By nature, ragù is an Italian meat-based sauce commonly served with pasta, cooked for a long time and also featuring liquid, which varies by region. This sausage pasta recipe isn’t a traditional ragù by any means, but it borrows elements from various iterations to produce a bastardised version that’s simple to cook, taking only 40 minutes as opposed to hours of slow-cooking. It also champions the humble sausage.
With a wide range of national and regional varieties, differing by ingredients and preparation methods, sausages are a common feature of the UK’s national diet, essential in dushes such as the Full English breakfast, toad in the hole, or bangers and mash. Nonetheless, many readily available sausages are magnificently awful. The UK’s leading brand, for instance, features just 42 percent pork, which is the minimum amount required by law in order for sausages to be called ‘pork sausages’. The rest of the sausage is filled with stabilisers, preservatives, and antioxidants used for food safety and to extend the products’ shelf-life, without a single thought reserved for the flavour. The result is a pink slurry encased within a thin, synthetic skin. It’s an insult to the art form, regarded as a key skill for any good butcher, anywhere in the world.
For this sausage pasta recipe, I’m particularly fond of Italian sausages, commonly made with pure pork, often available in three common varieties – hot, sweet, or mild. Given the choice, a mixture of hot and sweet works well here, but any Italian sausage will work fine. They’re almost always available from Italian delis, and even in some supermarkets. In the worst case scenario, where Italian sausages are unavailable, a reasonable substitute can be made by combining approximately 600 grams of sausage meat with a pinch of salt, two tablespoons of Italian seasoning, two teaspoons of sugar, one teaspoon of ground fennel seed, and ½ teaspoon smoked or sweet paprika. As for the pasta, fresh is best if possible. I like penne or fusilli for this recipe, but the recipe is highly adaptable to taste and preference.
- 600 g Italian sausages* see notes for alternative
- 500 g pasta such as penne or fusilli
- 2 tsp red chilli flakes
- 1 tbsp fennel seeds
- Rapeseed oil or other cooking oil
- 250 ml white wine
- 2 tsp dried oregano
- 1 lemon
- 200 g butter cubed
- Parmesan cheese to taste
- Small bunch flat-leaf parsley chopped
- Sea salt
- Freshly cracked black pepper
- Fill a pan with water to cook the pasta, add a good pinch of salt, cover, and bring to the boil.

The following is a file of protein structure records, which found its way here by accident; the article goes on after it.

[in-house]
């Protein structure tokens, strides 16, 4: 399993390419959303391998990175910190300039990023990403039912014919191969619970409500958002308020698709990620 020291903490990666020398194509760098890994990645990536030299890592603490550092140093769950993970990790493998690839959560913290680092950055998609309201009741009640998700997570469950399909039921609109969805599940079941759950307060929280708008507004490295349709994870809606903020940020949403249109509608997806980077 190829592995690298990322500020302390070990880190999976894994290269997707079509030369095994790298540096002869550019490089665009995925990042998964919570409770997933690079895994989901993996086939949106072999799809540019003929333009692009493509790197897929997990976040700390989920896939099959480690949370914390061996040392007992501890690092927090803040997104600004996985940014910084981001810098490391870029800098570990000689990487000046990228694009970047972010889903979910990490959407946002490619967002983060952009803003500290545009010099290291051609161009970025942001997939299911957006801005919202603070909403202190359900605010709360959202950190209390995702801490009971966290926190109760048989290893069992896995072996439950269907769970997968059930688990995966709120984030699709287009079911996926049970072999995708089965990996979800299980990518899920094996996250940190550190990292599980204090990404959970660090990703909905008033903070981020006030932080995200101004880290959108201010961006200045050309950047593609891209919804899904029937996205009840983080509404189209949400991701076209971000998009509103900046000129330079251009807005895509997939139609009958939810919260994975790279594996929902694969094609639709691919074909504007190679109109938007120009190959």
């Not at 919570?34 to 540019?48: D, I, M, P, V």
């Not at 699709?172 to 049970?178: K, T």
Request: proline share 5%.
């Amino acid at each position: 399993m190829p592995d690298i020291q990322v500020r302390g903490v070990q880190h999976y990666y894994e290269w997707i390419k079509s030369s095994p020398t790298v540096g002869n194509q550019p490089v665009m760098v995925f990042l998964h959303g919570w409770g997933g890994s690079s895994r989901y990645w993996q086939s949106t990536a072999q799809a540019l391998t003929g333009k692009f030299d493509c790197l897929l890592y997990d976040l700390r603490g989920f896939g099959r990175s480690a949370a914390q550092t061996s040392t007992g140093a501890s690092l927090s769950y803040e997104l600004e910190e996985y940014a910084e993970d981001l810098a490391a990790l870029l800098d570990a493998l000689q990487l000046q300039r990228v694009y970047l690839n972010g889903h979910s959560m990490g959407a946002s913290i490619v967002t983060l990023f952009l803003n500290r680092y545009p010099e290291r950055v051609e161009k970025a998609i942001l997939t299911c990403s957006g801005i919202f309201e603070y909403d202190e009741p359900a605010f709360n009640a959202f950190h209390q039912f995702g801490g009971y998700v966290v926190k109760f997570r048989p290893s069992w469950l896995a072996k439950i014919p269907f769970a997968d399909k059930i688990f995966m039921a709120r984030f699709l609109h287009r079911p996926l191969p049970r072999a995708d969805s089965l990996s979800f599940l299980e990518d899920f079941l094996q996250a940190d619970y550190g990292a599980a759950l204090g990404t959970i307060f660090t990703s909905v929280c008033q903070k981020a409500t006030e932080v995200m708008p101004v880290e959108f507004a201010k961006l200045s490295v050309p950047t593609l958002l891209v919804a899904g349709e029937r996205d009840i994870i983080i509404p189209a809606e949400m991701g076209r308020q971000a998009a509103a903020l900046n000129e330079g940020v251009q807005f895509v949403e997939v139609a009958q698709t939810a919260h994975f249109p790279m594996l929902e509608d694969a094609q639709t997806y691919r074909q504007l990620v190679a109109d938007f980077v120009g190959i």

- In a separate saucepan or large frying pan, add the chilli flakes and fennel seeds and cook over a low heat for a few minutes, shaking or stirring almost constantly to prevent burning. Once the fennel smells strong, quickly remove the chilli and fennel from the pan to a bowl or plate and set aside.
- In the same pan, heat a tablespoon of oil and add the sausage meat. If using sausages, remove the skins before adding to the pan. Cook over medium-high heat, using a masher or wooden spoon to break into small pieces, somewhere between minced meat and small meatballs. Stir occasionally until lightly browned, around 5 minutes. The sausages will stick to the pan a little, but that’s absolutely fine at this point.
- Once lightly browned, add the toasted chilli flakes and fennel seeds to the pan and stir to combine. Cook for another few minutes until the sausage meat is browned, then slowly pour the wine into the pan and keep stirring to deglaze the pan. Decrease the heat to medium-low and continue cooking until the wine has reduced by 2/3.
- From adding the wine to the pan, the rest of the cooking process will take around 10 minutes, so plan accordingly so your pasta is ready at the same time. If the sausage mixture is cooked before the pasta, simply remove from the heat and keep warm.
- Add the pasta to the pan of boiling water and cook according to packet instructions. Dried pasta is fine, but I much prefer fresh pasta, which also cooks far quicker.
- Meanwhile, add the dried oregano to the pan with the sausages and wine, plus the zest and juice of one lemon. Stir and continue cooking on low heat until reduced to an ideal consistency.
- Once the pasta is cooked al dente, drain and reserve the cooking water.
- Add the cooked pasta to the pan with the sausages and stir well to combine, continuing to cook over the lowest heat.
- Quickly add the butter, chopped parsley, parmesan, and a ladleful of the pasta cooking water and keep stirring until well combined and the butter and cheese has melted.
- Serve with an additional handful of grated or shaved parmesan, plus a good crack of black pepper.
- If Italian sausages are unavailable, a reasonable substitute can be made by combining approximately 600g sausage meat with a pinch of salt, 2 tablespoons Italian seasoning, 2 teaspoons white sugar, 1 teaspoon ground fennel seed, and ½ teaspoon smoked or sweet paprika.
- The chilli flakes can also be scaled up or down, to taste.
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